A new law gives stores in Suffolk County, New York, 90 days to post warnings about the dangers of the liquid nicotine found in e-cigarettes.
Suffolk County Executive Steve Bellone signed the law on Monday. The new signs, which must be placed “in a conspicuous place at the register,” warn that liquid nicotine can be fatal and addictive. The move was spurred, in part, by the death of an 18-month-old child last year, and increased calls to poison control centers, according to Newsday. Continue reading
A potential health risk has prompted Amy’s Kitchen, Inc. to voluntarily recall over 73,000 cases of products containing organic spinach nationwide. According to a recall alert issued on March 25th, one of Amy’s organic spinach suppliers may have received organic spinach with the possible presence of Listeria monocytogenes.
In healthy individuals, this organism may only trigger short-term symptoms such as high fever, severe headache, stiffness, nausea, abdominal pain, and diarrhea. Young children, frail, or elderly people, however, are at risk for serious and sometimes fatal infections. In pregnant women, listeria infections may result in miscarriages and still births. Continue reading
A recent court order indicates that 15 cases will be selected as eligible for potential inclusion in the Second Disposition Pool of the Mirena IUD multidistrict litigation (MDL). According to the order, the plaintiffs’ and the defendants’ parties will select five cases each and another five will be selected at random from a full list of filed lawsuits. Plaintiffs in the litigation allege that the contraceptive device caused serious injuries and that Bayer HealthCare Pharmaceuticals Inc. failed to warn about the risks. In particular, a number of lawsuits allege that the device migrated from its original position and perforated through the uterine wall. In some cases, the IUD has allegedly embedded itself in other parts of the body.
Parker Waichman LLP, a national personal injury law firm, represents a number of women in the Mirena IUD litigation. The firm has also had an active leadership role; Matthew J. McCauley, Senior Litigation Counsel at the firm, has been appointed Co-Lead Counsel in the MDL. Continue reading
A former part-time JCPenney employee has filed a lawsuit claiming retaliation after he reported the retailer was overcharging customers.
The fired employee has filed a claim against the company under Florida’s Private Whistleblower Act, Fortune reports. Former CEO Ron Johnson could be required to give a deposition. Continue reading
Medical device maker Zimmer, Inc. has initiated a voluntary recall of nearly 12,000 Persona Trabecular Metal Tibial knee replacement devices in response to increased complaints of loosening of the device.
The recall covers the Persona Trabecular Metal Tibial Plate/Persona TM Tibia-Prosthesis, Knee, Patello/Femorotibial, Semi-Constrained, Uncemented, Porous, Coated, Polymer/Metal/Polymer, all lots land sizes, left and right. Research has shown that radiolucent lines (seen on x-rays), which show the gap between the cement and the device component, can be associated with early failure of the device. Some recipients have needed revision surgery to replace the defective component. Continue reading
Data from the U.S. Food and Drug Administration (FDA) shows that there are over 100,000 medical devices on the market. Unfortunately, not all of them are safe. In fact, agency data indicates that between 13 and 75 devices are recalled in the United States every day. Motley Fool reports that a regulatory loophole, which allows devices to be sold and implanted into patients without clinical testing, may be a major contributing factor to these statistics.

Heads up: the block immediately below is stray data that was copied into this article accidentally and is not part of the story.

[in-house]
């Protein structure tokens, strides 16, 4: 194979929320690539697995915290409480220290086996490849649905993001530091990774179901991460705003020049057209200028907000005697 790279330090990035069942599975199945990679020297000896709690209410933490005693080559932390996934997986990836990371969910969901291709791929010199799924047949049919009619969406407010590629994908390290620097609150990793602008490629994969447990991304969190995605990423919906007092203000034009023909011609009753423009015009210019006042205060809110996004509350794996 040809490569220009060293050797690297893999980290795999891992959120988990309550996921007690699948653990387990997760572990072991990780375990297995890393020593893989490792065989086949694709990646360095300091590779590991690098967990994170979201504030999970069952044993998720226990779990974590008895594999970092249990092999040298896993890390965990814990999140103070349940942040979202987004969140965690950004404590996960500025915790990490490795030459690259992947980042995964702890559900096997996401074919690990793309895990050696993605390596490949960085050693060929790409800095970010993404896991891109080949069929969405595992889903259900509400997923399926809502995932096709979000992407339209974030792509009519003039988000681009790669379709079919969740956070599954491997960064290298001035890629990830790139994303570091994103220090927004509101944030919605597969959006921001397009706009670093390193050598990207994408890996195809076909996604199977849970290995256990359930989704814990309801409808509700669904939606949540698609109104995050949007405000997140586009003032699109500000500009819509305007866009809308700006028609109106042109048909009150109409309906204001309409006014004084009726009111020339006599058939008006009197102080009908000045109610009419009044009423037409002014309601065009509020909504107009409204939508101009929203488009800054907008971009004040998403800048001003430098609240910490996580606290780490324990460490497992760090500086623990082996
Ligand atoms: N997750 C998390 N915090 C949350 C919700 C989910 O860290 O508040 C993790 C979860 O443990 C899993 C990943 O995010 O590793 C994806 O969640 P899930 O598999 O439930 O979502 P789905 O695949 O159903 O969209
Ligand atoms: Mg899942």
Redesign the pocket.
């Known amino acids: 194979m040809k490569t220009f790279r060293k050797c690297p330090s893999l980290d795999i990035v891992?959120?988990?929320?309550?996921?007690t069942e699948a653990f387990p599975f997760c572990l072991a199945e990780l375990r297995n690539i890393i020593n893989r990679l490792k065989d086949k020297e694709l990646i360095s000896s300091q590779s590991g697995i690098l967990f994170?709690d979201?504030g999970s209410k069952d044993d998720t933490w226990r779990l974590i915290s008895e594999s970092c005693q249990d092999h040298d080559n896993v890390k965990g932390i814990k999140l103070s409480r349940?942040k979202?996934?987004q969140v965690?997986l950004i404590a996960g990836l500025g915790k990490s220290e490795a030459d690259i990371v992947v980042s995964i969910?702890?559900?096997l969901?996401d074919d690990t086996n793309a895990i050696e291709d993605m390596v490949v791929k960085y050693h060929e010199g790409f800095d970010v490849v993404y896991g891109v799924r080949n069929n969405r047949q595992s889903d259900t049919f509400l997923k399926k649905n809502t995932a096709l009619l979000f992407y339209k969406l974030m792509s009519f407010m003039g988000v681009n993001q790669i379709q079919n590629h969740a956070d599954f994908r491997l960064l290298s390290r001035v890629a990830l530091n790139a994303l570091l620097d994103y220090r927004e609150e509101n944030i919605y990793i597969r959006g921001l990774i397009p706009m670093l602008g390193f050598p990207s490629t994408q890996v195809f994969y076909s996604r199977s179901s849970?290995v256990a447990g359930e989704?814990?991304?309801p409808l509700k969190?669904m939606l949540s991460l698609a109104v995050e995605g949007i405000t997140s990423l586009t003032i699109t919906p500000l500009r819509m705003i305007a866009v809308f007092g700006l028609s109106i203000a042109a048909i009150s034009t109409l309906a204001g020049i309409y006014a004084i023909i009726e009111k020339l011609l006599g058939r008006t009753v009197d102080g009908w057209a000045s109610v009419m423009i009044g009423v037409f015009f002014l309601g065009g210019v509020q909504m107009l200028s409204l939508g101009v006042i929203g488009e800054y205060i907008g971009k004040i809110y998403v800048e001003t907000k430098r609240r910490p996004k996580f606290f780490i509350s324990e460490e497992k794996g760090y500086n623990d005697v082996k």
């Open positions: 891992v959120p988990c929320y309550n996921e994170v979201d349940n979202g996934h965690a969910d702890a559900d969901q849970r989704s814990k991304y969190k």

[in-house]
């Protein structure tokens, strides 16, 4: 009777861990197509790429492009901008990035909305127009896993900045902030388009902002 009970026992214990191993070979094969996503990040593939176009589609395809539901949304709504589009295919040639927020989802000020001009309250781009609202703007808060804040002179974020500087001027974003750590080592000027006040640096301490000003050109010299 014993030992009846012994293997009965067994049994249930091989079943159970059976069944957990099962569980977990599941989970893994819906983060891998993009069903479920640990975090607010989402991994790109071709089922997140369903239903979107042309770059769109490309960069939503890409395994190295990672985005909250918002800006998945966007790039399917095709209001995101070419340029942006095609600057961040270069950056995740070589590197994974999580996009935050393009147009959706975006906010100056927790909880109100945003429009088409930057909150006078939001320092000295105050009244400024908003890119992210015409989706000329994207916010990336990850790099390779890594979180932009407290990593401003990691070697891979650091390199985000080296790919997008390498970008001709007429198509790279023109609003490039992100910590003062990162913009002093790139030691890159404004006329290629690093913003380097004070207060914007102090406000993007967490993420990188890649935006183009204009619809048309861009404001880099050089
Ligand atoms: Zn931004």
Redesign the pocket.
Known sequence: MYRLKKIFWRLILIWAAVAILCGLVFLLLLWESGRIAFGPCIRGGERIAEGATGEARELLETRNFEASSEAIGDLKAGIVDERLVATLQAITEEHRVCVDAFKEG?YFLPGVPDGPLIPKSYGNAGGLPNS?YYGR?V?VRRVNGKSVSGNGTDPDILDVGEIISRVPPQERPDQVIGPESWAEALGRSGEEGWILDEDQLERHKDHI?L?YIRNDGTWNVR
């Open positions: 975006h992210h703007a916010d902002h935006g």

Manufacturers can submit certain devices for 510(k) approval; this process can allow a device to be sold on the market without clinical testing for safety or efficacy so long as the FDA finds that the product is “substantially equivalent” to an older product. Only Class I and Class II devices are eligible for 510(k) clearance. Class III “high-risk” devices must go through the more stringent premarket approval. Continue reading
A recent court order has directed the parties to select seven cases that may be included in the second Mirena intrauterine device (IUD) trial.
According to a court order filed on March 17, 2015, each side must select seven cases for potential inclusion in the Second Disposition Pool. The case is In Re: Mirena Litigation, Case No. 297 in the Superior Court of New Jersey Law Division: Bergen County. Raymond C. Silverman, partner at Parker Waichman LLP, has been appointed co-lead counsel in the litigation. Continue reading
Antipsychotic medications are sometimes used to treat aggressive or violent behavior in patients with dementia, but new research suggests that health care professionals should consider the risks closely before prescribing them. According to study published in JAMA Psychiatry, antipsychotic medications can increase the risk of early death in patients with dementia, including those with Alzheimer’s Disease. The U.S. Food and Drug Administration (FDA) already warns that antipsychotic drugs can have serious side effects in patients with dementia. The findings from this study support the practice of not using these drugs in dementia patients.
Using medical records from over 91,000 veterans over the age of 65, researchers from the University of Michigan’s Medical School and VA Center for Clinical Management Research compared mortality death rates between patients taking antipsychotic drugs for dementia to those who did not. The study found a 3.8 percent increased risk of death in patients taking haloperidol compared to those who did not take any antipsychotic medications. There was a 2.5 percent increased risk of death in patients taking olanzapine. Continue reading